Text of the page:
Attendance at the Tacoma Dome dropped to below 2016 numbers when it was a three-day tournament.
The Washington Interscholastic Activities Association is looking into ways to boost attendance for its state tournaments, particularly basketball.
Declining attendance in the Tacoma Dome for the “Hardwood Classic,” which started in 1985 as the first concurrent state tournament in the nation for boys and girls, has been a trend for more than a decade. It’s alarming to the WIAA because the Hardwood Classic — with its consecutive days, size of venue and consolation bracket — draws the most revenue for the organization.
“We have to figure out what’s going on,” said WIAA executive director Mike Colbrese, who announced he’s retiring after the 2018-19 school year. “We haven’t seen the decline in attendance (in our other sports) like we’ve seen in basketball. And that decline started back with the old 16-team format. It was a 13-year decline, which was before the board even decided they needed to do something.”
The WIAA chopped its state basketball tournament from 16 teams to eight for the 2011 Hardwood Classic. According to Colbrese, that was after witnessing a 33 percent drop in attendance since the inaugural tournament.
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In 2017, the Hardwood Classic was bumped up to 12 teams across all classifications. That year saw a jump to 35,743 spectators in the Tacoma Dome (up from 27,979 in 2016 when it was a three-day event), which can likely be attributed to the interest surrounding the Nathan Hale boys basketball team.
Nathan Hale, with Michael Porter Jr. the No. 1 recruit in the country and a first-year coach in former NBA star Brandon Roy, won the Class 3A boys state title and was ranked as the No. 1 team in the nation.
This year, the state tournament in the Tacoma Dome drew 27,019, a decline from 2016. Adding to the decline in ticket sales were schools such as Lewis and Clark, Garfield and Lincoln advancing its girls and boys teams, meaning a fan can watch both teams with one ticket. Both of Garfield’s programs made the Class 3A state championship game with the boys winning the tournament.
Colbrese did a survey of executive directors from associations across the nation in April to see if they noticed any attendance patterns in their states the past five years.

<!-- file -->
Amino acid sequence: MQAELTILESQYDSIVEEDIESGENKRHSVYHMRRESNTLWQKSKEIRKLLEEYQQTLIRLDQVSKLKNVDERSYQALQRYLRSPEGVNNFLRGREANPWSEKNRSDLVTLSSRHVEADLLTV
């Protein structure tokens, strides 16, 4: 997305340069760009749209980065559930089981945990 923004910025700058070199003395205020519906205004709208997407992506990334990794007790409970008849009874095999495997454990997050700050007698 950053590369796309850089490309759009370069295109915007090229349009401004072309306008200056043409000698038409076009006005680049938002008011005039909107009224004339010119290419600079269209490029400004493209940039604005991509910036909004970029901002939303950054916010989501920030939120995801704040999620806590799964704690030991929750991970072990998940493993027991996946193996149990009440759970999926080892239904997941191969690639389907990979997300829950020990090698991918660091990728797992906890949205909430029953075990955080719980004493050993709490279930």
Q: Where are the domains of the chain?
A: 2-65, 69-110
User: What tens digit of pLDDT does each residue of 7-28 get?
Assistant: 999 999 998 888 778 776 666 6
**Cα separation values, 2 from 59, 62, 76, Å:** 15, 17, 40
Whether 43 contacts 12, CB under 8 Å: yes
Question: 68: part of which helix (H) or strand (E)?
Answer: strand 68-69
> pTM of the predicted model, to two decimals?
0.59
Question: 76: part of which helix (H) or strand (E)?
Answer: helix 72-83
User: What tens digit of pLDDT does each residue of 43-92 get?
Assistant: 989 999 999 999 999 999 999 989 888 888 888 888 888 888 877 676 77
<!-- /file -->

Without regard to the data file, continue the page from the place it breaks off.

Using Survey Monkey to compile anonymous responses to whether peers found an increase, decline or a leveling for postseason tournaments in basketball, football and wrestling, only the latter saw no noticeable changes among the 41 to complete the survey, including the WIAA.
There were seven respondents who reported an increase in their postseason basketball tournaments while 10 noted an increase in postseason football attendance. The remainder were split between noticing a decline or leveling.
“From around the country, the story is not that much different,” said Colbrese, who provided a copy of the results to The Seattle Times. “What I found interesting was (in the comments where) the states that have tried to make a difference in what’s going on in attendance believe that the reason they were able to make a difference is because they either changed the venue or they changed the format or they did both.”
The WIAA is in the process of renegotiating its contract with the Tacoma Dome as the site for the state basketball tournament. The contract for the state football championships in the Tacoma Dome expires following the 2018 games.
The National Federation of State High School Associations (NFHS) also is in the process of compiling attendance figures for its second survey from member schools. During the 2009-10 school year, the NFHS calculated more than 336 million spectators attended high-school regular-season and playoff games in football and girls and boys basketball.
“In terms of an overall downward interest level in attendance at these events nationwide, I certainly haven’t heard or have any data to support that theory,” said Bruce Howard, NFHS director of publications and communications. “Within a given state within a given year, it can be up and down. The two primary things are weather and where the event is in relation to who’s in the tournament. But beyond those things which you can’t control, there’s still a high level interest in attending those state high school events.”